This is William – Guest Post


Meet Anna and her son…..

This is our gorgeous William. My first born. The person who made me the mum I so longed to be.



Appropriately nicknamed Sweet William by hubby’s Grandma, he has an infinite amount of love to give the world. If you need a hug, William is your man!

William loves books, trucks, music, the water and The Wiggles (and by loves I mean obsessed!).

William is strong, resilient and so brave when it is needed most.

William has a smile that could light up the darkest of rooms and an infectious laugh.

William is like any other cheeky, determined and temperamental three year old.

William also has Epilepsy.

When he was 18 months our world as we knew it changed forever. To cut a long story incredibly short we had huge concerns as our previously happy little boy seemed to be disappearing. In the space of a few weeks he went from having the occasional fall to dropping to the ground every hour, while becoming increasingly irritable and impossible to console day and night. Despite our concerns multiple medical professionals constantly reassured us that William was just having a hard time adjusting to childcare. My mother’s instinct screamed something more was wrong. I was William’s protector and as he was unable to it was time for me to fight for my child. Something was not right.

I took him to the emergency department and it was the best decision I have ever made in my parenting journey so far. My only regret is that I did not do it earlier. Soon after we had our diagnosis and we were relieved to finally know what we were dealing with. Little did I know the reality of the hard journey ahead.

Of all the many thousands of things I stressed about as a first time mum Epilepsy was not on my radar. Epilepsy is the most common brain disorder worldwide. In Australia approximately 250,000 people live with Epilepsy and one in 25 people will have epilepsy at some point in their life. There are so many misconceptions about Epilepsy. There are also many different types and treatment options, making finding the right one incredibly hard.

We are one of the lucky ones. After trialing many different options (medications, vitamins, diet) over the best part of one very challenging year we have found our miracle medication mix. William was having multiple seizures every single day, requiring constant supervision for his own safety while waking numerous times every night but now we are 10 months seizure free and most importantly William is happy again (most of the time, he is 3 after all!). If William is happy our family is happy.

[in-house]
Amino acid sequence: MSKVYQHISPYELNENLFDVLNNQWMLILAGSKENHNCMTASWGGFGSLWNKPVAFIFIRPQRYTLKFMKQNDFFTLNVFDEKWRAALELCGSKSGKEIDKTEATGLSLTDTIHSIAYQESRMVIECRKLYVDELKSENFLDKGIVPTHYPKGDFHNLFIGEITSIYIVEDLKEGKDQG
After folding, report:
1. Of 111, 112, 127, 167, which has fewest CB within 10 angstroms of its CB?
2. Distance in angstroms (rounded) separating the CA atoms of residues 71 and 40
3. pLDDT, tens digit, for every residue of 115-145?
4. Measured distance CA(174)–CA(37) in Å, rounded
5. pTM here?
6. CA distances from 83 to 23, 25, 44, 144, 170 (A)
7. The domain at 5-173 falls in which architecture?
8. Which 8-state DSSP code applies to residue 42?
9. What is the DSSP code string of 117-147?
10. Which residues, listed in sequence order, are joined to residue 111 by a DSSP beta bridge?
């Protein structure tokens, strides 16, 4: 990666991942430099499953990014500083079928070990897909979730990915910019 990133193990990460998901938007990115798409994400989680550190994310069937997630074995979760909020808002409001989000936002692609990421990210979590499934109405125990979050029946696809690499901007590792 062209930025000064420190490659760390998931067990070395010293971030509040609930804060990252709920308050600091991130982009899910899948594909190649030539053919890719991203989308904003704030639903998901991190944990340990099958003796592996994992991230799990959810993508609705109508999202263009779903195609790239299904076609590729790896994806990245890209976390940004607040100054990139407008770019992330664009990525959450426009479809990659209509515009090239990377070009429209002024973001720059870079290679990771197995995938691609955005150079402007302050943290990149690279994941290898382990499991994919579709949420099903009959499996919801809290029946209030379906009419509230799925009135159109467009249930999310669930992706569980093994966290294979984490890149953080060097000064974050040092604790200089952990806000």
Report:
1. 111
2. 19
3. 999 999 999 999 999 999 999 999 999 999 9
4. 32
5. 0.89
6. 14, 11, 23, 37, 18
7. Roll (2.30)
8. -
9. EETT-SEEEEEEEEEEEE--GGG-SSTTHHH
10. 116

Epilepsy impacts every aspect of our life and William’s development. Some days I get caught in the “Why Us” cycle but this achieves nothing and we have no time for negativity. It breaks my heart that our child needs to work ten times harder to achieve what comes naturally to a lot of his peers.

I have learnt so many things through this difficult journey:

1) Trust your instincts. You know your child best. Don’t let anyone make you question otherwise. If something doesn’t feel right, no matter who is telling you otherwise, no matter what position of authority they are in, get a second, third, fourth opinion and fight for your child until you find someone you trust.

2) Find the right medical team for you. Surround yourself with people you trust and who believe in you. There are some amazing professionals out there.

3) We are tougher than we realise and for our families we can get through anything. We deal with the cards we are given in life and especially when your children are involved you will be capable of doing whatever it takes, no matter how hard that is.

4) What to say to someone going through a difficult time with their children: just be there. Message, organise a visit, send a care package or help with the everyday chores. Life goes on and sometimes that is hard. Family helped us by organising meals and house cleaning and it made all the difference.

5) Treat the family, especially the child as normal as possible (normal, what even is that!!!). Post diagnosis normal was (and still is) what we strive for. For our child to be included in everyday activities and be one of the other children makes us happy beyond words.

No one said parenthood would be easy and some days have been and still are beyond hard. Although this is not the journey I would have chosen for my family I could not be prouder to call William my son. William challenges me more than anyone I have ever met and also gives me more moments of joy than I knew existed. He has taught me so much but most importantly he has taught me real unconditional love. I never knew I could love anyone or anything as much as I love my children.

Epilepsy may be a part of our journey but it does not define us. With every piece of our being we love every part of William just the way he is. We will continue to focus on the abundance of good in our lives and as a family we will get through this bump in the road with patience and love as William has too much greatness to offer this world for it to be any other way.

To follow Anna’s journey you can find her at

@chicfamilycollection on Instagram

or follow this link

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